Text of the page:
When you see a superhero there is usually a villain lurking somewhere. It is probably a bit premature to label Brexit as the villain especially considering that judgement should only be passed once it has had a fair trial, and that trial can only commence once the UK divorces the EU. But I need a villain so it has to be Brexit.
There has been an inundation of Brexit related articles in the media, some suggesting a rather bleak future in the aftermath of Brexit and others painting a more positive picture…But what are UK corporate borrowers mostly concerned about?
Brexit Side Effects
Borrowers do not necessarily fear Brexit itself but rather its unknown side effects; for example, will it cause a contraction of the lender pool, reduced liquidity in the financing markets and/or an increase in pricing on deals?
There is a real risk that some lenders may face higher funding costs as a result of Brexit; it remains to be seen however whether they will pass these costs onto borrowers. The Loan Market Association (LMA) loan agreement contains a standard increased costs clause which is drafted in deliberately wide terms in an attempt to cover all circumstances which could increase a lender’s costs as a result of a change in law or regulation; therefore, to the extent that there has been an increase in a lender’s costs as a result of a change in law or regulation - whether or not brought about by Brexit - lenders could seek to recover such increased costs under this clause.
In the Government’s White Paper on Brexit (presented to Parliament in February 2017) it was confirmed that the UK ‘will not be seeking membership of the Single Market’. EU passports enable unrestricted trade across the EU as they allow lenders and other financial companies to operate across the EU without having to obtain approval for access to each EU country. Following an exit from the Single Market it would be unlawful for UK financial institutions to provide funding to EU borrowers without being authorised in the relevant EU country, if that EU country requires a lender to be authorised in order to make loans. But what does this mean for UK corporate borrowers (as opposed to EU borrowers)? UK banks and foreign banks with licences from the UK’s Prudential Regulation Authority will continue to be able to fund lending to UK corporate borrowers regardless of whether or not the UK is part of the Single Market. Additionally, institutional wholesale lending in the UK is not regulated. However, EU banks which operate in the UK under passports will lose the ability to fund through deposit-taking and will need to apply for banking licences if the UK government does not offer some form of ‘grandfathering arrangement’ for such banks. Even though an exit from the Single Market may not have a direct impact on UK corporate borrowers it could indirectly affect them as it will no doubt have some financial implications for those lenders who rely on their passports to sell their products into the EU and they may seek to pass on some costs to borrowers. In addition, there is also a risk that foreign banks may decide to find another base from which to conduct their passporting activities across Europe, which may result in (among other things) a flight of capital from the City and a contraction of the local lending pool.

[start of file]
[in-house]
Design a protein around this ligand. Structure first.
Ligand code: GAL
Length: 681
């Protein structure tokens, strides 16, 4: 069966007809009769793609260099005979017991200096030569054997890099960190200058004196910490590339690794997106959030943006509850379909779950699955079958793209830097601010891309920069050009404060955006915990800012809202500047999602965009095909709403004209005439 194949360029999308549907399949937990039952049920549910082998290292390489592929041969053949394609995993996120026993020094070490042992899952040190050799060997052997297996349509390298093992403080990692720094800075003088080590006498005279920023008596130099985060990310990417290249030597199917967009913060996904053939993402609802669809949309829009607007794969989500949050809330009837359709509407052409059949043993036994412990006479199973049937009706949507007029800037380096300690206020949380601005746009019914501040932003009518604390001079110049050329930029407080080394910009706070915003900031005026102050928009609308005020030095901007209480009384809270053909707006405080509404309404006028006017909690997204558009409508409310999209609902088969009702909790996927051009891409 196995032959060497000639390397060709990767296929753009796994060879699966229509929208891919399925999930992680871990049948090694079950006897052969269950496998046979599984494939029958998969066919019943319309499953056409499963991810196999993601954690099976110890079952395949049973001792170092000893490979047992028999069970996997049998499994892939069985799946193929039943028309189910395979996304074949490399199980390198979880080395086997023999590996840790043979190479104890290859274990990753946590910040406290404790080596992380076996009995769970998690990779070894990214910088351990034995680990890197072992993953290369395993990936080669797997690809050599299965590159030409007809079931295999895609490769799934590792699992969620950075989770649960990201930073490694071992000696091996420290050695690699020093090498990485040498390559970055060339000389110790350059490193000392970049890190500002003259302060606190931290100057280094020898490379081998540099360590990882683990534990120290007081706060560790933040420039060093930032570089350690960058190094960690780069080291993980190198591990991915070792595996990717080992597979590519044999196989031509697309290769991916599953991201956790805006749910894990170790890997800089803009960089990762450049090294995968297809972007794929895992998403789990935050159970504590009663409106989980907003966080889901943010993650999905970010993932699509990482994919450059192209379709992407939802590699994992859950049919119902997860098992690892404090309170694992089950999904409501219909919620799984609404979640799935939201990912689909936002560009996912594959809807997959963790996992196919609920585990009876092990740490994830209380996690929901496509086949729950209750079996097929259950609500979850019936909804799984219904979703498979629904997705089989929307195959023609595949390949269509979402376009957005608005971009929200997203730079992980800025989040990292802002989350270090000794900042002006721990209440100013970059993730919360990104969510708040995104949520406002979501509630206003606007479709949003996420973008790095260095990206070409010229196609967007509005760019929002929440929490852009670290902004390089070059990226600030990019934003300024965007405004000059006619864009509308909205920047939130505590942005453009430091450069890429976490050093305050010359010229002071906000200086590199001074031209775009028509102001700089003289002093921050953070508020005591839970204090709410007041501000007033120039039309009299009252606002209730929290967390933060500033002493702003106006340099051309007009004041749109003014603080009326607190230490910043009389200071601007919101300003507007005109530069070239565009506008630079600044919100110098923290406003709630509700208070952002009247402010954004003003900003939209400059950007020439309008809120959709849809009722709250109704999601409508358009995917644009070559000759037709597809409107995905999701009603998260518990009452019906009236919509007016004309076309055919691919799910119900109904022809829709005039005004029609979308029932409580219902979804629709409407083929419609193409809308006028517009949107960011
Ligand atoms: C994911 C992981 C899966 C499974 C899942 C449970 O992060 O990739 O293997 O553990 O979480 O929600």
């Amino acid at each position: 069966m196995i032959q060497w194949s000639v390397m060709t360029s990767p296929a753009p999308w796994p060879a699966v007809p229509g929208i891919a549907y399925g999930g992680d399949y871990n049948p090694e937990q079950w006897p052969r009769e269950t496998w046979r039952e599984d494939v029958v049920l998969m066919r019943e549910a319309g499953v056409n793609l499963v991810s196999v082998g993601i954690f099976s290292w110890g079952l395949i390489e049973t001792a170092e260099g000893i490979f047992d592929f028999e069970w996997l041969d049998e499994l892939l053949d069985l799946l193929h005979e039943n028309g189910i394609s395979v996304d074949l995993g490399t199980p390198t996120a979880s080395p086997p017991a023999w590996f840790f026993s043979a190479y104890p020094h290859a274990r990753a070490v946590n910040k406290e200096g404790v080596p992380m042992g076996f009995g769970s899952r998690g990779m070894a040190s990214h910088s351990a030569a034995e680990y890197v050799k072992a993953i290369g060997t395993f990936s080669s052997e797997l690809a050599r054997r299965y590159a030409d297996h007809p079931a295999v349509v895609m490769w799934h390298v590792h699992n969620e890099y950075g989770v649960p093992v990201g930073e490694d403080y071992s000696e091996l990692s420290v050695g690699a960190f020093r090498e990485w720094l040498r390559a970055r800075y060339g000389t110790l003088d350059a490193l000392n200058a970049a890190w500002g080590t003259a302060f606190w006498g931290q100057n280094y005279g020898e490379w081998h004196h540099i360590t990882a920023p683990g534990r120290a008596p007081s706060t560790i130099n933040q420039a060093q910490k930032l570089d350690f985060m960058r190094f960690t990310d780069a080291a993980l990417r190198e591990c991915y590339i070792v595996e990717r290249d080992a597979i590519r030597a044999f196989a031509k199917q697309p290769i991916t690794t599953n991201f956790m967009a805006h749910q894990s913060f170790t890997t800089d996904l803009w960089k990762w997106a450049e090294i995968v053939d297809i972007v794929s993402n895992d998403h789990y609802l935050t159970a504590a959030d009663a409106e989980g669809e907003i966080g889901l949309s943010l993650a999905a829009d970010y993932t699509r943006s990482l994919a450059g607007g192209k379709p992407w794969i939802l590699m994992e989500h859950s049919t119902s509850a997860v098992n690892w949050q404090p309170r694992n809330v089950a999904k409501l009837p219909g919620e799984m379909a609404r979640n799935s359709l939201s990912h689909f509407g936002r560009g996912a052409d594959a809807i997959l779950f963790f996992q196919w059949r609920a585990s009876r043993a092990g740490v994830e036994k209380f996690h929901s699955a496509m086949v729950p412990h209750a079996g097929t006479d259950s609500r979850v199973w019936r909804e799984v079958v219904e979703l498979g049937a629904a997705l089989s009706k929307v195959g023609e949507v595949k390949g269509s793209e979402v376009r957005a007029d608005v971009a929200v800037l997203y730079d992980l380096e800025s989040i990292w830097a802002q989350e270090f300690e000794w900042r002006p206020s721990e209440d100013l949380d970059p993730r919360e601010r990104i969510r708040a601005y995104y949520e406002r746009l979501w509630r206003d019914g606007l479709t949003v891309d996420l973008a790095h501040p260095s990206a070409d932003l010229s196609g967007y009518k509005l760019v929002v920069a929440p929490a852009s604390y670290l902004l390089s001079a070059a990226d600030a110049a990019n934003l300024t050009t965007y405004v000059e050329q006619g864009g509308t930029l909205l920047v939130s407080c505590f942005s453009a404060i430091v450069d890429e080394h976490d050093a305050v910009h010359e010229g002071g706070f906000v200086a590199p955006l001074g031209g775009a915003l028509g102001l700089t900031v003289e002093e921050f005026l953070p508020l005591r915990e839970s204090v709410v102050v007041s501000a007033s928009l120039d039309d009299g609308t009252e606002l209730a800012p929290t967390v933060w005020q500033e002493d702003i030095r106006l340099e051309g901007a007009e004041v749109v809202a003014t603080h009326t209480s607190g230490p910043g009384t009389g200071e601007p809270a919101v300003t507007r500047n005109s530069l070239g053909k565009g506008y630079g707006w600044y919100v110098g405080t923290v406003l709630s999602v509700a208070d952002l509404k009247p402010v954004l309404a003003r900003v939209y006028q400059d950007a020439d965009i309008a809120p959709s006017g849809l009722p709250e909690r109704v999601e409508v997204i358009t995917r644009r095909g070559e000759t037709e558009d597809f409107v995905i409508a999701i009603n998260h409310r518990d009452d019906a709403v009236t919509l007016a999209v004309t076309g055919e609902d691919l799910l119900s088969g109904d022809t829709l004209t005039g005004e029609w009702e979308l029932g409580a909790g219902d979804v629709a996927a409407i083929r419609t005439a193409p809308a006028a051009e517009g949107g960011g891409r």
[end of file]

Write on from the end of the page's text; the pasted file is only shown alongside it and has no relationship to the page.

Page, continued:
All of these potential side effects could have a detrimental impact on a UK borrower’s access to funding and as a result hereof some UK borrowers may have to turn to my so-called ‘superheroes’. The only problem is that these superheroes are different - they come at a price but are nonetheless superheroes because they provide depth to the UK lending market and provide borrowers with much needed optionality and flexibility.
Are Alternative Lenders the New Superheroes?
There has been some talk in the market about the rise of the alternative lender (although I am yet to see one wearing a cape) – will they save the UK corporate borrower from the villain called Brexit? Many sceptics suggested that Brexit would cause a chink in the UK corporate borrower’s armour but it has now been more than eight months since the referendum and the financing markets across Europe remain liquid and pricing is still competitive. That said, there will continue to be uncertainty for some time to come as Brexit will not happen in a flash and arrows are being fired from all directions at the White Paper which did not turn out to be the White Knight that some had hoped it would be.